In its overall ranking, the country, which is largely categorized as upper-middle income, made a whopping 22-position jump—going from 91 last year to 69 this year.
The World Bank study points out that Sub-Saharan Africa has been making massive efforts to reform economic hurdles for businesses, and Rwanda ranking within the top 10 for starting a business is proof. The country has recently instituted some electronic processes for starting a business, boosting entrepreneurship.
Georgia, considered a lower-middle income country, is improving access to credit and protecting investors.
This is another country working in several sectors to ease the process of doing business, including dealing with construction permits, getting credit, and registering properties.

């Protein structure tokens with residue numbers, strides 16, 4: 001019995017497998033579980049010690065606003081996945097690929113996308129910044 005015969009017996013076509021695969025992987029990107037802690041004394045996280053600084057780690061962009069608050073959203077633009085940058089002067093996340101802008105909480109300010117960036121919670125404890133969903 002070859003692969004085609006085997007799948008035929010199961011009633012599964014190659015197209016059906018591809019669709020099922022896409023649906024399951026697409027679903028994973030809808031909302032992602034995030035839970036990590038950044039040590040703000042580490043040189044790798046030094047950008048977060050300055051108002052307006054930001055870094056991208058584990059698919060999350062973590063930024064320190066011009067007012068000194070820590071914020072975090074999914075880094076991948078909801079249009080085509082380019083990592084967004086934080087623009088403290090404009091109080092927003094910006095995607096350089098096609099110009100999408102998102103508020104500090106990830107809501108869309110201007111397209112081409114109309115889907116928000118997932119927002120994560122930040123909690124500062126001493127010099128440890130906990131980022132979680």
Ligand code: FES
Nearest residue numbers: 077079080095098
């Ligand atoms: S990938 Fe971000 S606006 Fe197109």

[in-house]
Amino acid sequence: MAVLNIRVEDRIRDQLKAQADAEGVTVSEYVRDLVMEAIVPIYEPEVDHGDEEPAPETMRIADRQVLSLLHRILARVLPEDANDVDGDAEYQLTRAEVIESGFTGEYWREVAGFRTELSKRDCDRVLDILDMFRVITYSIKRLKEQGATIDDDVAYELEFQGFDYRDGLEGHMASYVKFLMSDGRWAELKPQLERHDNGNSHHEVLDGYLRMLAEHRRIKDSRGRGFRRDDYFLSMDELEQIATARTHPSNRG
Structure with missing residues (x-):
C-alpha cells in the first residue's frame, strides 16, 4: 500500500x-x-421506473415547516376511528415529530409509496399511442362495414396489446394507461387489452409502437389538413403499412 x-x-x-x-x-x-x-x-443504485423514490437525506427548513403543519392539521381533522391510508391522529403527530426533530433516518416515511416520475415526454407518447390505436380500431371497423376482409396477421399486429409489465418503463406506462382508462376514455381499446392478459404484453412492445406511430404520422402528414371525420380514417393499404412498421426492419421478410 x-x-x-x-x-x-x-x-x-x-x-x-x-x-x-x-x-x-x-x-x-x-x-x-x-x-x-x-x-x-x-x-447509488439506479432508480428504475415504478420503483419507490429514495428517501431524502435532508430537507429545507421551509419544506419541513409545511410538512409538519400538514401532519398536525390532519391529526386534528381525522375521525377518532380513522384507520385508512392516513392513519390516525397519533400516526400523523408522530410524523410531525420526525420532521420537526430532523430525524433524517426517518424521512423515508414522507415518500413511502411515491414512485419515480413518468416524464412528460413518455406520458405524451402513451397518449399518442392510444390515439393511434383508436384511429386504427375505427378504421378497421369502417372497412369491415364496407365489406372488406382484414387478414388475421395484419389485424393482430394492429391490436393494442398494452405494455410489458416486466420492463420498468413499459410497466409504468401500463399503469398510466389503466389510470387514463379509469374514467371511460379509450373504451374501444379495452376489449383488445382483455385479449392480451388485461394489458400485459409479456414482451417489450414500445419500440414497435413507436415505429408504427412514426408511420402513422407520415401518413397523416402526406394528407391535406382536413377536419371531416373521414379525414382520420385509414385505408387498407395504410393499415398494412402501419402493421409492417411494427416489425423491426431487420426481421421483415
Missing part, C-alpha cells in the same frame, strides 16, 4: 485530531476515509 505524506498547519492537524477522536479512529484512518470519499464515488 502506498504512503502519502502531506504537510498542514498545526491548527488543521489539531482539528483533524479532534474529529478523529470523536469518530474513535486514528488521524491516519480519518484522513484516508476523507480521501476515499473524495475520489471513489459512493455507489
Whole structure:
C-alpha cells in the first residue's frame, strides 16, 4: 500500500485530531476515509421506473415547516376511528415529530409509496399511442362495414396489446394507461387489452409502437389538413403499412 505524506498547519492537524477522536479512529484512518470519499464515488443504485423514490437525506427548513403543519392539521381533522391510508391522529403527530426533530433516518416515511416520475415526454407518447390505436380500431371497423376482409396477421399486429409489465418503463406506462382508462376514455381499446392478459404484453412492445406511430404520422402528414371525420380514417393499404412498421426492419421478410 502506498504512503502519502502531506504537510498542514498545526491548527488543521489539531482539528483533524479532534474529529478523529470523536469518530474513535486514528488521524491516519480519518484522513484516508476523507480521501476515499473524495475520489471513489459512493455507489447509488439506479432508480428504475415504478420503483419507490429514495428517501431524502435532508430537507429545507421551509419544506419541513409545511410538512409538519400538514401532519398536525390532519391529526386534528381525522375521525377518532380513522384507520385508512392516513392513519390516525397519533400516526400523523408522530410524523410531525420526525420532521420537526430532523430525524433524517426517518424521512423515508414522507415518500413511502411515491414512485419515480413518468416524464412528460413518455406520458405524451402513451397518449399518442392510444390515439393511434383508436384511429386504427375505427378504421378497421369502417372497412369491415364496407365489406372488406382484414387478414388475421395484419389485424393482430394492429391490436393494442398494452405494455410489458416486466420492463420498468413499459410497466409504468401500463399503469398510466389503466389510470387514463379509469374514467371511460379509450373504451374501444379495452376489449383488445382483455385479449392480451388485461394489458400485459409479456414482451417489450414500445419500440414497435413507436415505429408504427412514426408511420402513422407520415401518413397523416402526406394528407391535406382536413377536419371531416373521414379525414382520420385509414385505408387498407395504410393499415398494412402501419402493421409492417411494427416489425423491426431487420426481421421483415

The study points out that the country is actively making regulation reforms, in the areas of cost and minimum capital, that help foster start-ups.
Singapore boasts relatively quick processes for getting construction permits and registering properties, while also has easy access to credit.
In a global trend in which where large economies are mentoring developing nations, Canada has been working with Peru to improve its business environment.
According to the data, the country has relatively easy access to credit and ease in trading across borders.
According to the study, the "one-stop" shop approach, where most of the government agencies that a start-up needs are linked online, keeps the country on top.